jinx November 06, 2012 at 04:20 PM
I have known Hank Lee and his family since I wad a kid. I was an awkward unconfident 13 year oldwhen I walked into Hank Lee' Magic Factory and fell in love with everything magic. I spent hours and hours there. I know I was without question. I was in the way and typically annoying as kids can be. However, Hank and employees never made me feel anything but acceptance. In fact when I was old enough yo work Hank gave me my first job. It is absolutely a false charactetization to call Hank a terrible person. It has been twenty years since that scared little kid wandered into the hanks magic shop. My personal experiences with hank have only been positive. I am proud to call him a friend
Matt November 18, 2012 at 08:13 PM
Your friend has been convicted of stealing $500K and lying to investigators. I hope you counted your change.
Mark Jacobs January 21, 2013 at 09:41 PM
Aron, I was a friend of Harry's in High School. We hung out together and used to go to the the Ronnie Gann's together every week. He may have made a bad mistake,but I don't believe that makes him a bad person. I hope you all make it through this.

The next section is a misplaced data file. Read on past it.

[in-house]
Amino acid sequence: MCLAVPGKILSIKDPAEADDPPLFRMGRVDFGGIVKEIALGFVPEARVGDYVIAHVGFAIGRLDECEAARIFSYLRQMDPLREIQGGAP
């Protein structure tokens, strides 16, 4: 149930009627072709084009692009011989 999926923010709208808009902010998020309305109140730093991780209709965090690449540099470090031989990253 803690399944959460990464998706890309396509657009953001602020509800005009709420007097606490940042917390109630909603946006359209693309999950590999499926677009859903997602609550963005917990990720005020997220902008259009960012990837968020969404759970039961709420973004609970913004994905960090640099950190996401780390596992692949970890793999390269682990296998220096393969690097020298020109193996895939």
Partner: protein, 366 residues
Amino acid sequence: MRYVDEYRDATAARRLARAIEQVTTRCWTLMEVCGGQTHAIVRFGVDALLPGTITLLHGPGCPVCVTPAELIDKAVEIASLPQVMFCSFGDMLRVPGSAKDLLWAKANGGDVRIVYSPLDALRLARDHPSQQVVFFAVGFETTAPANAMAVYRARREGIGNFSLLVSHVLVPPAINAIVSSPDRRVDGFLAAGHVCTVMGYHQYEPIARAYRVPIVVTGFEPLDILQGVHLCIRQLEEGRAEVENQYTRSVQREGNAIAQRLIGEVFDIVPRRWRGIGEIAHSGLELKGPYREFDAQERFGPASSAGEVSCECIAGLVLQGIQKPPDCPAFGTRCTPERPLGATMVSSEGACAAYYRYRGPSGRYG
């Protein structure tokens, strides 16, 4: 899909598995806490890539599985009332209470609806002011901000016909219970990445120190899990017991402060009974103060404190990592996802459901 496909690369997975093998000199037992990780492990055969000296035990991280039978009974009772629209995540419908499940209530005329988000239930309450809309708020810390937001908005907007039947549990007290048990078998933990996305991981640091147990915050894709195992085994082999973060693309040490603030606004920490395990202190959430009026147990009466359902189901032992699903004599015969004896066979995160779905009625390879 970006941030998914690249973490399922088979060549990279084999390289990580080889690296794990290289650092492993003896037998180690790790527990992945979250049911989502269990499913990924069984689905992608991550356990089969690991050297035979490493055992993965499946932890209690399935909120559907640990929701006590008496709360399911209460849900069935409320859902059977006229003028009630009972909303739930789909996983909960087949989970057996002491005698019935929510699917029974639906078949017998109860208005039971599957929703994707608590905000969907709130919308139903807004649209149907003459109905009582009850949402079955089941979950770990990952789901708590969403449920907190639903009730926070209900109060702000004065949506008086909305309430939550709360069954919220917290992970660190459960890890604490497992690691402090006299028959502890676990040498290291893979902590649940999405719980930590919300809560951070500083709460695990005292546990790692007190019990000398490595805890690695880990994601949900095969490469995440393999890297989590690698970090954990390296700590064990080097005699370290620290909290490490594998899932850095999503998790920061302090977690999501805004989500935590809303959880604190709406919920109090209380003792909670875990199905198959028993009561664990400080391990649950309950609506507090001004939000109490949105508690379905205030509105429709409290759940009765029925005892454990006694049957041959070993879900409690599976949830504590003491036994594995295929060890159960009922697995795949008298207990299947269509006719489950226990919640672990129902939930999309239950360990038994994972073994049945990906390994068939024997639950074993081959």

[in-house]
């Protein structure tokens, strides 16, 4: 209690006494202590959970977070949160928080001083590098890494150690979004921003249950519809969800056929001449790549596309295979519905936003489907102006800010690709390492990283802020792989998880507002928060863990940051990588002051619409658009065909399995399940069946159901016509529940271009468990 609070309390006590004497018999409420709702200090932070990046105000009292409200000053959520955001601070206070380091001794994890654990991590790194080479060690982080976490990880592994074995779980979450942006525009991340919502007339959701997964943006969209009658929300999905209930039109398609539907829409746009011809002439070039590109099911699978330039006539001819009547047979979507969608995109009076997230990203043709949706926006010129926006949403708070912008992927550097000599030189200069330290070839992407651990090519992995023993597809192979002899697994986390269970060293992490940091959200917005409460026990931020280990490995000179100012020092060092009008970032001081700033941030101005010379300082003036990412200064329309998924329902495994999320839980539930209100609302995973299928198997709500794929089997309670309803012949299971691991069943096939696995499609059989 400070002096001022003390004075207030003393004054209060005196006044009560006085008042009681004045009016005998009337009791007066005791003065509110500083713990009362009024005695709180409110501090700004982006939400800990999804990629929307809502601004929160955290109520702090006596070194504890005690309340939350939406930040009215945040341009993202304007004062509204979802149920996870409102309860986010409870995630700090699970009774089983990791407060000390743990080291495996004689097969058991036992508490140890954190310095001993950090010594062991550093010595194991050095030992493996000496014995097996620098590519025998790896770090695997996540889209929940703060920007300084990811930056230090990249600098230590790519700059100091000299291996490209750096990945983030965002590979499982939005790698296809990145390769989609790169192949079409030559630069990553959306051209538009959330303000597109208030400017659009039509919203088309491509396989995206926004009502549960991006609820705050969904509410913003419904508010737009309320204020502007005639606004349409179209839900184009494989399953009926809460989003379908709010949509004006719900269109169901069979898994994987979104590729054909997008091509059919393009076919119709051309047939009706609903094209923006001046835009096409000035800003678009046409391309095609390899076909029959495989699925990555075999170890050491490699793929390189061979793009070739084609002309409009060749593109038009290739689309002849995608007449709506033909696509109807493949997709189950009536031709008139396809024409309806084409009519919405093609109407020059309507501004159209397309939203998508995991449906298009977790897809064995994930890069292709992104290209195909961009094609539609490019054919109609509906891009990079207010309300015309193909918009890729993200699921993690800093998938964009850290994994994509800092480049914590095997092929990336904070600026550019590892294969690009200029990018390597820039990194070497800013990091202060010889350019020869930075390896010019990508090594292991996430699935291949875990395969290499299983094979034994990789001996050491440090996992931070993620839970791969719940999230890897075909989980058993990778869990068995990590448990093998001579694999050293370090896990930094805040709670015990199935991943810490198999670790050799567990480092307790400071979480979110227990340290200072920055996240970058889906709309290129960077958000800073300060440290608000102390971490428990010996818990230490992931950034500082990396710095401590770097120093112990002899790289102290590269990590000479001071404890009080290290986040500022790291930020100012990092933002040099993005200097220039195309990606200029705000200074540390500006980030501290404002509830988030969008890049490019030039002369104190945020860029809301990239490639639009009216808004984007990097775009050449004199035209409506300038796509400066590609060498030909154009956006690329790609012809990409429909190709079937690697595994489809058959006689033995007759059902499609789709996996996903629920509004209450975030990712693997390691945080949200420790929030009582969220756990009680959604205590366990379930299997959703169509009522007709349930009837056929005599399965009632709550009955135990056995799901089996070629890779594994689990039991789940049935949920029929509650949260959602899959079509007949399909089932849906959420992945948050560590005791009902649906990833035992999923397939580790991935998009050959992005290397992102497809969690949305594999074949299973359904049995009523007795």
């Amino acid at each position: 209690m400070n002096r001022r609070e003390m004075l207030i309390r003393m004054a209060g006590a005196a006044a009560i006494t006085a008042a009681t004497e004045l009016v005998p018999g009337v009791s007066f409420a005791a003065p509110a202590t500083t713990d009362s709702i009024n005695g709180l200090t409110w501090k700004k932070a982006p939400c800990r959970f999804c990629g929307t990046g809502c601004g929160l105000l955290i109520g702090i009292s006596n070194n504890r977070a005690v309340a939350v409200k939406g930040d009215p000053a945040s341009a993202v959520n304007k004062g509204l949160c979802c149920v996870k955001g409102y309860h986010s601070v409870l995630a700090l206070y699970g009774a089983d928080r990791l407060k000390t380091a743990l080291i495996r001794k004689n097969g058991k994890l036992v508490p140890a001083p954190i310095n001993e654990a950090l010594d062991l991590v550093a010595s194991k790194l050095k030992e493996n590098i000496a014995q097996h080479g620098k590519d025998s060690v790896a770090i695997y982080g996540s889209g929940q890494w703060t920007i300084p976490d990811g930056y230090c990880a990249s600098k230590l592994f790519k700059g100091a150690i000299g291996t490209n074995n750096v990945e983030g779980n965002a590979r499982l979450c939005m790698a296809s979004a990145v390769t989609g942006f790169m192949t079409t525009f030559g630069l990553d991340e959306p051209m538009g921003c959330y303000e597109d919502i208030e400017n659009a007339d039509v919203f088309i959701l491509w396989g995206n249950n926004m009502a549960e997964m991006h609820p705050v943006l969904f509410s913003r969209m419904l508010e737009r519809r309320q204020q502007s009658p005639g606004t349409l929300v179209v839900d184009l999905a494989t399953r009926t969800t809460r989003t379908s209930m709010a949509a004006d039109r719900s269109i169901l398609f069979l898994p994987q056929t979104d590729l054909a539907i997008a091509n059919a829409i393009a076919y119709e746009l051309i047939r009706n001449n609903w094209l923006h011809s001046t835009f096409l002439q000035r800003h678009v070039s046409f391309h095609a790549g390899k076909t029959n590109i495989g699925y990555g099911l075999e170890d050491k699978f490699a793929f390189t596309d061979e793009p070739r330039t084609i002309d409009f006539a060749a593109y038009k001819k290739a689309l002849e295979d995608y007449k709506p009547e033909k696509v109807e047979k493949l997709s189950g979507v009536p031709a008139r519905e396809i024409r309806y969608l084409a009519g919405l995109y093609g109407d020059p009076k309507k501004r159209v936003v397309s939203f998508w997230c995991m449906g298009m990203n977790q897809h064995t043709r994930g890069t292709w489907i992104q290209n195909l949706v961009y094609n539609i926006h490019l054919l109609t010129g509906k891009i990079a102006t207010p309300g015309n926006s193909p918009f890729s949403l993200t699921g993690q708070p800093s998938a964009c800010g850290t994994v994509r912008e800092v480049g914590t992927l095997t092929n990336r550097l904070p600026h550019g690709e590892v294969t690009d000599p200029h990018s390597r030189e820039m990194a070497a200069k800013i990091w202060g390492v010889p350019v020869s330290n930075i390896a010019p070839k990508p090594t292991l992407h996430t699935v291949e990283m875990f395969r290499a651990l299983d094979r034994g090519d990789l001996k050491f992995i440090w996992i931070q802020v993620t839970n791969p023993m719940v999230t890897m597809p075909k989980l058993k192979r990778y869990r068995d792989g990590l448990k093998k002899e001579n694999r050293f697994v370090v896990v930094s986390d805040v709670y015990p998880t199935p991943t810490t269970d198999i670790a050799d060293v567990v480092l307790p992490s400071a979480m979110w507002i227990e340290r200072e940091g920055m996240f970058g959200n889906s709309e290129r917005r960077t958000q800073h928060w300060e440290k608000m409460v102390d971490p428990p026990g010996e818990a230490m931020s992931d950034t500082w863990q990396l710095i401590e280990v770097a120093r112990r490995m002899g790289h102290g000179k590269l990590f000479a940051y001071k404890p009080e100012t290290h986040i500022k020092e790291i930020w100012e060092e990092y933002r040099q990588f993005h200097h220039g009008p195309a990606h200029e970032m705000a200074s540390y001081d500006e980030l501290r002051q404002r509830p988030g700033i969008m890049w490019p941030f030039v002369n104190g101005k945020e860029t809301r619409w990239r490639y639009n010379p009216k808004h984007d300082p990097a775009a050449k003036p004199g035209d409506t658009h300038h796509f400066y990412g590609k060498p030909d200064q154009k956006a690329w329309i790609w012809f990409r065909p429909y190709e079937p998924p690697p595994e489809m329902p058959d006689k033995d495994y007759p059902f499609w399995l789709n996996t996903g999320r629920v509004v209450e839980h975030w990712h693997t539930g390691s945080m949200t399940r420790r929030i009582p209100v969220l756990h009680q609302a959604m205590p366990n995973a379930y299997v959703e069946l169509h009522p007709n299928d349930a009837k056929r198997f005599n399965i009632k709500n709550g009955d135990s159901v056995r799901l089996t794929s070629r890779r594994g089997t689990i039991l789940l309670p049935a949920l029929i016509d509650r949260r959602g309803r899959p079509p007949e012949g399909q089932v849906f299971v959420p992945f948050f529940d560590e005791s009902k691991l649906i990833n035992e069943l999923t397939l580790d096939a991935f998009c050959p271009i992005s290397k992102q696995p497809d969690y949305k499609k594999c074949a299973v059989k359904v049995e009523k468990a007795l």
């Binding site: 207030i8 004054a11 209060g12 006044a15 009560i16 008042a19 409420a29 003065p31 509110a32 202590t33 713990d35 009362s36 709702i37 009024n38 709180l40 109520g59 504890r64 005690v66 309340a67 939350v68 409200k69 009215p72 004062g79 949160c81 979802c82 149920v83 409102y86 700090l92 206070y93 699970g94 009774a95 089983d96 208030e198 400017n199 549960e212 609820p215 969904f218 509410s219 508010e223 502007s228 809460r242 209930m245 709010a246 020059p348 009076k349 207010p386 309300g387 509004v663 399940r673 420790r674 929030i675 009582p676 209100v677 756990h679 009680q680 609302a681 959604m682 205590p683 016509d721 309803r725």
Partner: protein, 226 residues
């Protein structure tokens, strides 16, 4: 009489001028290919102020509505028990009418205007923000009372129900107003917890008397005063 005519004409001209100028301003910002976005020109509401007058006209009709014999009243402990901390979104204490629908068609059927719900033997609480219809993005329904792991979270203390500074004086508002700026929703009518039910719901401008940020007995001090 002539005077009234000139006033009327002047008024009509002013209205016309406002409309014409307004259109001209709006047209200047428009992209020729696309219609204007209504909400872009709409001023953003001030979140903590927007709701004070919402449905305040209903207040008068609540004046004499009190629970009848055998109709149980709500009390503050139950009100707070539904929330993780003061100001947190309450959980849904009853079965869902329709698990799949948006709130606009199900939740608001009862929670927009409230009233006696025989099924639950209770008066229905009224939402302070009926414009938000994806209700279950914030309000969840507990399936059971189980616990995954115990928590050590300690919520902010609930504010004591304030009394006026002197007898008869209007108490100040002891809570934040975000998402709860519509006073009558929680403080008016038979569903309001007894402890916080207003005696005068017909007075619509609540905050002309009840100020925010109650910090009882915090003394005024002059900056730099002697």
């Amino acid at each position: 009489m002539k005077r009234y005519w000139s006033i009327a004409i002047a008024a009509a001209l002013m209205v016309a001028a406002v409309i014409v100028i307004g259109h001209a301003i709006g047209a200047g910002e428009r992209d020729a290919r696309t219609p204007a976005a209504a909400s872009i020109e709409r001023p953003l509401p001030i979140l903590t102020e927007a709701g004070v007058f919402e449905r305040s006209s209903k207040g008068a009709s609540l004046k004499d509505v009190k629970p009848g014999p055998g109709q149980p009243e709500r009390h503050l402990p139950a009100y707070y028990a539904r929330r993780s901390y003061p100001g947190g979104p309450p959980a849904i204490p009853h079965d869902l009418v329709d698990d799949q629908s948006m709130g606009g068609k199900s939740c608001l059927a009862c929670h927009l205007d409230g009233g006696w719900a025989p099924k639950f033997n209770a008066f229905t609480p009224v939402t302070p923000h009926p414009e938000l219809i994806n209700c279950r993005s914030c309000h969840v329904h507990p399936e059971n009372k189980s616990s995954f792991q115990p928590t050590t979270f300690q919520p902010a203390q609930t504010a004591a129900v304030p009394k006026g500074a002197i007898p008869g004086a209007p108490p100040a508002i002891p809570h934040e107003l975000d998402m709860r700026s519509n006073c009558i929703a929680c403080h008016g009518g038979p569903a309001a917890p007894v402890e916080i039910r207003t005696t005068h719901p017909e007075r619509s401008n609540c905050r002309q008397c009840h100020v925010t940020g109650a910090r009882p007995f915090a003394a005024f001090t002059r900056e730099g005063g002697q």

Todd January 26, 2013 at 09:14 PM
Aron - while I didn't know your father personally, I was once a customer, many years ago when I was much younger - and from time to time, I've checked in on his current catalog, and writings. While I do have to agree that he's committed a crime and has to make restitution somehow, I'm also in accord with your assertion that he's basically a good man that made a mistake. He wasn't a compulsive criminal; he operated a legitimate, and even fun, business for decades with integrity. It looks to me like the pressure of the lawsuit may have just made snap, and while some people may judge I think many of us might be surprised at our own reaction in a similar situation. I can't help but wish the family in Texas well, but wish you and your father well too. I am sorry for the strain everyone involved with this event must feel.